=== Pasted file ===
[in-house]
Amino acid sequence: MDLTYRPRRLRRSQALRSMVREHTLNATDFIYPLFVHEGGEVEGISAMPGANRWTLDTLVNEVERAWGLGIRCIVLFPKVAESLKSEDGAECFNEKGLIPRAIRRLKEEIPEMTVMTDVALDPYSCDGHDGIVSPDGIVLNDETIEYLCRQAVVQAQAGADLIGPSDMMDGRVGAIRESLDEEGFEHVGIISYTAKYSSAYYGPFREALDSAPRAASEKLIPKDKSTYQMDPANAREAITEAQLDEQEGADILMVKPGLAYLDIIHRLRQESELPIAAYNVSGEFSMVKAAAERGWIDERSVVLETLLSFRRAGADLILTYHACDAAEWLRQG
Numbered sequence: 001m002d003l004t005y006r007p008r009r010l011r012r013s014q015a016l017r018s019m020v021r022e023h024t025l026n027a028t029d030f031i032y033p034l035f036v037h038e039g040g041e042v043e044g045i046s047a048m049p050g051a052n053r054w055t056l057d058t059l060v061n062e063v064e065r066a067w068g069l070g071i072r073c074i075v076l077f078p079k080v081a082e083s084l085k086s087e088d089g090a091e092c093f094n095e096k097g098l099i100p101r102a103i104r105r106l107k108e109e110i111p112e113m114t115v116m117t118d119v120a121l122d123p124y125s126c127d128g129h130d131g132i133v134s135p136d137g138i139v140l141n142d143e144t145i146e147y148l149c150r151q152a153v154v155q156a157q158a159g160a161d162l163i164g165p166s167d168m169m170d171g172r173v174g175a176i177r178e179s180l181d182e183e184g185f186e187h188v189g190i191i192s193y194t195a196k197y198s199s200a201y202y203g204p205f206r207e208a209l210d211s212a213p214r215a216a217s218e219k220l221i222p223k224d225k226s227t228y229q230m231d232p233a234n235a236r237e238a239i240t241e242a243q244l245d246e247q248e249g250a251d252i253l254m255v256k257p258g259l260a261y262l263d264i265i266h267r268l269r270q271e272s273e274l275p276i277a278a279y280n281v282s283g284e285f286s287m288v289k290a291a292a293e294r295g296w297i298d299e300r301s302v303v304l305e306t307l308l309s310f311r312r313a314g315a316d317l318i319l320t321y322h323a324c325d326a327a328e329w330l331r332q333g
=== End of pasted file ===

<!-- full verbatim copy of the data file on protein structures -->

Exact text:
[in-house]
Amino acid sequence: MDLTYRPRRLRRSQALRSMVREHTLNATDFIYPLFVHEGGEVEGISAMPGANRWTLDTLVNEVERAWGLGIRCIVLFPKVAESLKSEDGAECFNEKGLIPRAIRRLKEEIPEMTVMTDVALDPYSCDGHDGIVSPDGIVLNDETIEYLCRQAVVQAQAGADLIGPSDMMDGRVGAIRESLDEEGFEHVGIISYTAKYSSAYYGPFREALDSAPRAASEKLIPKDKSTYQMDPANAREAITEAQLDEQEGADILMVKPGLAYLDIIHRLRQESELPIAAYNVSGEFSMVKAAAERGWIDERSVVLETLLSFRRAGADLILTYHACDAAEWLRQG
Numbered sequence: 001m002d003l004t005y006r007p008r009r010l011r012r013s014q015a016l017r018s019m020v021r022e023h024t025l026n027a028t029d030f031i032y033p034l035f036v037h038e039g040g041e042v043e044g045i046s047a048m049p050g051a052n053r054w055t056l057d058t059l060v061n062e063v064e065r066a067w068g069l070g071i072r073c074i075v076l077f078p079k080v081a082e083s084l085k086s087e088d089g090a091e092c093f094n095e096k097g098l099i100p101r102a103i104r105r106l107k108e109e110i111p112e113m114t115v116m117t118d119v120a121l122d123p124y125s126c127d128g129h130d131g132i133v134s135p136d137g138i139v140l141n142d143e144t145i146e147y148l149c150r151q152a153v154v155q156a157q158a159g160a161d162l163i164g165p166s167d168m169m170d171g172r173v174g175a176i177r178e179s180l181d182e183e184g185f186e187h188v189g190i191i192s193y194t195a196k197y198s199s200a201y202y203g204p205f206r207e208a209l210d211s212a213p214r215a216a217s218e219k220l221i222p223k224d225k226s227t228y229q230m231d232p233a234n235a236r237e238a239i240t241e242a243q244l245d246e247q248e249g250a251d252i253l254m255v256k257p258g259l260a261y262l263d264i265i266h267r268l269r270q271e272s273e274l275p276i277a278a279y280n281v282s283g284e285f286s287m288v289k290a291a292a293e294r295g296w297i298d299e300r301s302v303v304l305e306t307l308l309s310f311r312r313a314g315a316d317l318i319l320t321y322h323a324c325d326a327a328e329w330l331r332q333g